The Theory of Moral Sentiments makes it clear that Smith wanted a better life for all people – in The Wealth of Nations, he looks at how to go about it. And judging by where we are 250 years on, he didn’t do a half-bad job.

For context (or if you don’t fancy tackling Smith’s original work), then you should get hold of Jess Norman’s excellent biography, Adam Smith: What he Thought, and Why it Matters.

Three honourable mentions

Barbarians at the Gate

(1989)
by Bryan Burrough and John Helyar
Published by Harper Collins

Buy it on Amazon.

Barbarians at the Gate is a classic piece of business journalism by two Wall Street Journal writers. It dissects the 1988 leveraged buyout of tobacco group RJR Nabisco by Kohlberg Kravis Roberts & Co. At the time, it was the biggest leveraged buyout of all time, worth $25bn, and caused a great deal of controversy. The book is extremely entertaining – it reads like a thriller – and while the numbers look a lot smaller from this side of quantitative easing, the egoes are absolutely recognisable. Is it of much practical use to investors today? Probably not. But if you want to read a real-world Bonfire of the Vanities, this is the book for you.

The Choice Factory

(2018)
by Richard Shotton
Published by Harriman House

Buy it on Amazon.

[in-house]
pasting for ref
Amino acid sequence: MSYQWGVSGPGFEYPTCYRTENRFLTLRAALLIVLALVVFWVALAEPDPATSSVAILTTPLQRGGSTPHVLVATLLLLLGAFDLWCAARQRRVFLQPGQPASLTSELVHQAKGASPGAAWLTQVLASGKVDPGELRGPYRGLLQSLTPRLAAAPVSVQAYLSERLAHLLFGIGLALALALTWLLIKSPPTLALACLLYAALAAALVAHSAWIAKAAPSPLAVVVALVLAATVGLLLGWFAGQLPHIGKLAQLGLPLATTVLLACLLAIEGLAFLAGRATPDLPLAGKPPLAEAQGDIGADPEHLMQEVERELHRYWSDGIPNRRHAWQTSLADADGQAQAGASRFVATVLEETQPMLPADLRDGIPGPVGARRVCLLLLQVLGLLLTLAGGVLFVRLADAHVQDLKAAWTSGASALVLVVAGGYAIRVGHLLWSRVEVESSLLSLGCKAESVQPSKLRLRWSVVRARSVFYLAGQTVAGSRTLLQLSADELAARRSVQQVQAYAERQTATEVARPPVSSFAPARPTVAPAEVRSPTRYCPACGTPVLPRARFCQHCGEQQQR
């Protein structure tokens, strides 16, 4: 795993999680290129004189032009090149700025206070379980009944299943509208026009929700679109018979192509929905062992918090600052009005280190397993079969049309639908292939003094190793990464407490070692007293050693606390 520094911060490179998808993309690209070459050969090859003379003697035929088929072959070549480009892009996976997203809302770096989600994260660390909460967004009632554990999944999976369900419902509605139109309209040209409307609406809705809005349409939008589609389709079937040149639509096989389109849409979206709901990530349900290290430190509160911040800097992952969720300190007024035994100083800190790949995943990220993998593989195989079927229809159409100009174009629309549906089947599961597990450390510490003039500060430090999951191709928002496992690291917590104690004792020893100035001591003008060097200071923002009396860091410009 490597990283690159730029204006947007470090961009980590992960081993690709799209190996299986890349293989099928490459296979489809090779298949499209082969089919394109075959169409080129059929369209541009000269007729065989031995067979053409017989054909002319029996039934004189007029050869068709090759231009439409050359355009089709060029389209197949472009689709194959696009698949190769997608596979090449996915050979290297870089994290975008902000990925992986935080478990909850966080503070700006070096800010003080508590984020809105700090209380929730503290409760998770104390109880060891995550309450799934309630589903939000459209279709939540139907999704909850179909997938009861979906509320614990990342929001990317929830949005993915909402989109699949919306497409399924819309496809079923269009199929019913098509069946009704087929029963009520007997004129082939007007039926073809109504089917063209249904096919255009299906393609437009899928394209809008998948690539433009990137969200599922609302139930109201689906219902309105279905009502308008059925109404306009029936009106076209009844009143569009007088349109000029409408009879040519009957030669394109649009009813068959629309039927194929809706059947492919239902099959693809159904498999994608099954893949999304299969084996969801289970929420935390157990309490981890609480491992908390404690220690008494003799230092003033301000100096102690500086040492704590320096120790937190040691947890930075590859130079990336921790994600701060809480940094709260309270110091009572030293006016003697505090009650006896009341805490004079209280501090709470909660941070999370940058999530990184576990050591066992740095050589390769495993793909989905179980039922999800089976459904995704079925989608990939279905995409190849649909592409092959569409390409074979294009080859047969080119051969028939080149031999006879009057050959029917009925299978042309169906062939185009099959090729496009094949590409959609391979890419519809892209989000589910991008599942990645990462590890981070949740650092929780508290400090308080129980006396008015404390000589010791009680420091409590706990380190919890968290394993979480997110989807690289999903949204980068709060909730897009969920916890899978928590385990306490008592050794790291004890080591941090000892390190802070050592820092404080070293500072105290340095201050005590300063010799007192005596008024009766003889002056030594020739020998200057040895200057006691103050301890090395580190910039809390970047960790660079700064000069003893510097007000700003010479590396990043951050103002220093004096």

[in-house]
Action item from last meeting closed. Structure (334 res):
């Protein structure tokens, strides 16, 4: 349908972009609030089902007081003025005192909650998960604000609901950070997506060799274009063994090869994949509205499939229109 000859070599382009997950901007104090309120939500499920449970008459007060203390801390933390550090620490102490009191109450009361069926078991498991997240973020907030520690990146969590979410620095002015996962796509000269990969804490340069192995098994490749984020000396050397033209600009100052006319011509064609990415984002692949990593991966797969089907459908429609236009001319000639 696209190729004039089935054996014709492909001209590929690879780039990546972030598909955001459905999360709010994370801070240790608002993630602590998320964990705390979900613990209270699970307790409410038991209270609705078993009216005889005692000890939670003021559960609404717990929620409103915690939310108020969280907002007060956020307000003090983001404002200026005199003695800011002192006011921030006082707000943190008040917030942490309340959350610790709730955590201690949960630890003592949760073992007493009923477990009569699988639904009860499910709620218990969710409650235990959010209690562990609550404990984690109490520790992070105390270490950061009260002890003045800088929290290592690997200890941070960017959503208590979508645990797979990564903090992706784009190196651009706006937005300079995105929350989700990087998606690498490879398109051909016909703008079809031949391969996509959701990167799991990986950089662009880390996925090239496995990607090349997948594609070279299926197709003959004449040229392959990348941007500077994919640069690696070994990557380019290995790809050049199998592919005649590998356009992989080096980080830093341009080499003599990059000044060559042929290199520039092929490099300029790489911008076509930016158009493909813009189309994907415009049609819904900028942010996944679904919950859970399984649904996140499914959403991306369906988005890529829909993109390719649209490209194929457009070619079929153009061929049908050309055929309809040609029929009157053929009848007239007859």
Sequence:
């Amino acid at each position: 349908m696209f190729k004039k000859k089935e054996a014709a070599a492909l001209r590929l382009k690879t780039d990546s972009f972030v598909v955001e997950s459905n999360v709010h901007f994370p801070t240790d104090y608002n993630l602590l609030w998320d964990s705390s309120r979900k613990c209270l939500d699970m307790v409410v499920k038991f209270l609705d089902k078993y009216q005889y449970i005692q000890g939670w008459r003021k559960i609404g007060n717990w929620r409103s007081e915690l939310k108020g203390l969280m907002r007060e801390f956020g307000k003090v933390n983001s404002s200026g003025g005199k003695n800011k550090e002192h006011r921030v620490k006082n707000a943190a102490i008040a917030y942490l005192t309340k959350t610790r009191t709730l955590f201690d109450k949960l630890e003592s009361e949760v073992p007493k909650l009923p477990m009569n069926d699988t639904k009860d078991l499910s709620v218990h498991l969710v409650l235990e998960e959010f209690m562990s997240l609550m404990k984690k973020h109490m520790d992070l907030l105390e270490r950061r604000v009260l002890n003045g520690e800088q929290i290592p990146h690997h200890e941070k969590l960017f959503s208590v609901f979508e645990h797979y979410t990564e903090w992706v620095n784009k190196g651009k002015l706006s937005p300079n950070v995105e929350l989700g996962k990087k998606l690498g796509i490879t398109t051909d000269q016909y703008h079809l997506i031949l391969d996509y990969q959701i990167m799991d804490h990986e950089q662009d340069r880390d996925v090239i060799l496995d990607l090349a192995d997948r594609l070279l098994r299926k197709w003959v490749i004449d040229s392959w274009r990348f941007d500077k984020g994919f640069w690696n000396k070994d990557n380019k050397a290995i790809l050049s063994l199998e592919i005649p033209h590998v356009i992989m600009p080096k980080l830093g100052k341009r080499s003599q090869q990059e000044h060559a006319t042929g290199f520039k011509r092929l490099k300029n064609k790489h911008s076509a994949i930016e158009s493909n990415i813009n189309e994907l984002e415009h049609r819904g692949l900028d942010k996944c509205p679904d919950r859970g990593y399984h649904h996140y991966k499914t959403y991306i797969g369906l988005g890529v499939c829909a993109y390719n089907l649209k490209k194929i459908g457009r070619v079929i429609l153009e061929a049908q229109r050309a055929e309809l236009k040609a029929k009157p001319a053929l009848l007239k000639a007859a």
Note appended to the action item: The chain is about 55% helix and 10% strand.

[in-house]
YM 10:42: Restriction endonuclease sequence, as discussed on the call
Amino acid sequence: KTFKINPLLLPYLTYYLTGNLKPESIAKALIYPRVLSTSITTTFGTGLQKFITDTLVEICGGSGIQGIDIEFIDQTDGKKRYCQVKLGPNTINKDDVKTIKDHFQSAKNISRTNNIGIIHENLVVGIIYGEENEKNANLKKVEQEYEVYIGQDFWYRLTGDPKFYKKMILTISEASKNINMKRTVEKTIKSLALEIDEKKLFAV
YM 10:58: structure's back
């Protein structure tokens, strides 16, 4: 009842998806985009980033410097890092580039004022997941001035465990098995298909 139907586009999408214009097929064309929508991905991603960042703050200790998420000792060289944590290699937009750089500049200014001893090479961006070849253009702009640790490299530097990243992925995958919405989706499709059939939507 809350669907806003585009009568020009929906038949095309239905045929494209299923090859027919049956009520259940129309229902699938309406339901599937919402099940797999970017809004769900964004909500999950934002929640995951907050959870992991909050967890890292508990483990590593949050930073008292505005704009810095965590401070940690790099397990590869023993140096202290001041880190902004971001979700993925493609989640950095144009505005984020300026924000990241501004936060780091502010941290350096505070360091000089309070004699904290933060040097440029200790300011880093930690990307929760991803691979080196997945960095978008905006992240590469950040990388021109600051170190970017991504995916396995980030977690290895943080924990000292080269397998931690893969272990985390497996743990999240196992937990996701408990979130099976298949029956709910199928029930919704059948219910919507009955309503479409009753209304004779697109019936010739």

If you make a living from selling, or you want to understand more about how other people are selling stuff to you, then this is a good, quick-to-read primer on 25 behavioural biases that influence our purchasing decisions, many of which keen readers of behavioural economics will recognise only too well.

KidsMBA

(2018)
by Professor Mark Watson-Gandy
Published by Kids MBA Ltd

Buy it on Amazon.

This is a clever idea. Watson-Gandy, an insolvency barrister, hit upon the idea of creating a short course aimed at teaching business skills to children aged around 12 to 16. This short book – aimed at the 11-plus age group – is based on the course. Some sections are more successful than others – the fact is that writing for kids is hard and the tone of the book sometimes feels at odds with the content. But it’s the only book I’ve ever read that attempts to explain a balance sheet or limited liability to children, and if I’m honest, I reckon a lot of adults could use it as a handy bluffer’s guide to setting up on their own too.

PS – just before I go, some news – I have a book coming out next year myself. It’s called The Sceptical Investor, it’s about contrarian investing, and it’ll be published by Harriman House.